By SCOTT MCKIE B.P.
One Feather Asst. Editor
CHEROKEE, N.C. – Sovereignty, identity, and culture were just a few of the issues the three federally recognized Cherokee tribes came together to discuss in the annual Tri-Council meeting. Under the theme, “Completing the Circle of Fire”, the Councils of the Eastern Band of Cherokee Indians, Cherokee Nation, and the United Keetoowah Band of Cherokee Indians met at the Harrah’s Cherokee Convention Center on the morning of Friday, June 16.
“We are family, we are brothers and sisters,” Eastern Band of Cherokee Indians Tribal Council Chairman Richard French said advocating for more frequent meetings and communication between the three tribes. “We’re Kituwah. This is where we come from, every one of us, and we are blessed.”
Tri-Council approved four resolutions during the meeting ranging from urging Congress to re-name a U.S. Army base to more closely defining who can claim their art as “Indian-made”.
Res. No. 1 was submitted by the Eastern Band of Cherokee Indians and solidifies opposition from the Tri-Council to a land exchange proposal that would authorize a copper mining project at the Apache site Chi’chil Bildagoteel (known as Oak Flat) located in the Tonto National Forest.
The site is on the National Register of Historic Places and, according to the resolution, “Oak Flat has played an essential role in Apache religion, traditions, and culture for centuries and is a sacred area and traditional cultural property with deep tribal religious, cultural, archaeological, historical, and environmental significance.”
Res. No. 1 calls for Congress to enact H.R. 1351, the Save Oak Flat From Foreign Mining Act, as well as repeal Section 3003 which is a “legislative rider to the FY15 National Defense Authorization Act (NDAA) which was enacted into law in December of 2014…under 3003, the United States Department of Agriculture (USDA) must begin implementation of the Land Exchange, which includes preparing an environmental impact statement for the Land Exchange and conducting government-to-government consultation with impacted Indian tribes”.
Res. No. 1 concludes with, “…the Tri-Council of the three federally recognized Cherokee Tribes urges the Administration to make all appropriate and necessary efforts to stop implementation of Section 3003 and ensure full transparency and information sharing to the general public of the outcomes and status of the ongoing environmental analysis and studies of impacts on tribal religion and culture prior to issuing a final environmental impact statement.”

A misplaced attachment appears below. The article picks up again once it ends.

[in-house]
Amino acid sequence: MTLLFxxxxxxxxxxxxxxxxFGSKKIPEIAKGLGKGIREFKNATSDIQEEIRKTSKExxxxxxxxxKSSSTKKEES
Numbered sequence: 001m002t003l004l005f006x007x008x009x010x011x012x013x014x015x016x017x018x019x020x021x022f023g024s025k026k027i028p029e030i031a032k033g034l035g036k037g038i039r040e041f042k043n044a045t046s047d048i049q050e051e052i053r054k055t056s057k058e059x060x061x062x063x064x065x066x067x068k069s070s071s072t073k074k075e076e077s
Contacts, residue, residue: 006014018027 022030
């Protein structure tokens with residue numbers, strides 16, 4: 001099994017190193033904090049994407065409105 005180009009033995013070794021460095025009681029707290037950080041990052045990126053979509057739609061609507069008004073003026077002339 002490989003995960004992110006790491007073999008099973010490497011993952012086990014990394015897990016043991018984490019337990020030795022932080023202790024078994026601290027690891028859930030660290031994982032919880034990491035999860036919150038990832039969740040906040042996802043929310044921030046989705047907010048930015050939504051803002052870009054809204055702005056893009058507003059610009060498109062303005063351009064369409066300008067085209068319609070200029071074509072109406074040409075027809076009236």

Res. No. 2 was submitted by the Eastern Band of Cherokee Indians and the Cherokee Nation and seeks for Congress to amend the Indian Arts and Crafts Act (IACA).
The legislation states, “The current definitions of ‘Indian’ and ‘Indian Tribe’ within the Indian Arts and Crafts Act allow members of state-recognized groups to produce and sell arts and crafts associated with our tribes and culture.”
It goes on to state, “We three federally recognized Cherokee tribal governments hereby urge Congress to take action to narrow the Indian Arts and Crafts Act’s definitions of ‘Indian’ and ‘Indian Tribe’ to ensure that only works made by members of federally recognized tribes may be called ‘Indian’ arts and crafts.”
Res. No. 3 was submitted by the Eastern Band of Cherokee Indians and calls for amendments to the Constitution and By-Laws of the National Congress of American Indians (NCAI) regarding its membership policies.
Currently, state-recognized groups can join NCAI as full voting members. Res. No. 3 encourages NCAI “to allow for inclusion of ‘organizations and groups recognized by states as tribes’ as non-voting members of NCAI”.
Res. No. 3 calls for NCAI to replace language in Article II Section B(1) of its Constitution and Article III Section B(1) of its By-Laws with the following language regarding requirements for tribal membership with full voting rights, “All Tribal Nations with treaty and/or trust relations with the United States as demonstrated by inclusion on the lists annually published by the Department of the Interior in compliance with the Federally Recognized Tribes List Act.”
Res. No. 4 was submitted by the Eastern Band of Cherokee Indians and calls for Congress to re-name Fort Jackson, a U.S. Army base located in Columbia, S.C. and named for President Andrew Jackson who, as the resolution states, “pressed the Congress to enact the Indian Removal Act that led to forcible removal of Cherokees from our homelands”.
The legislation states that Tri-Council does “call on the Department of Defense to conduct a naming review of Fort Jackson Army Base considering Andrew Jackson’s racist treatment of Cherokees and other Native peoples”.
At the end of the meeting, it was discussed that the Cherokee Nation will host the meeting in 2024.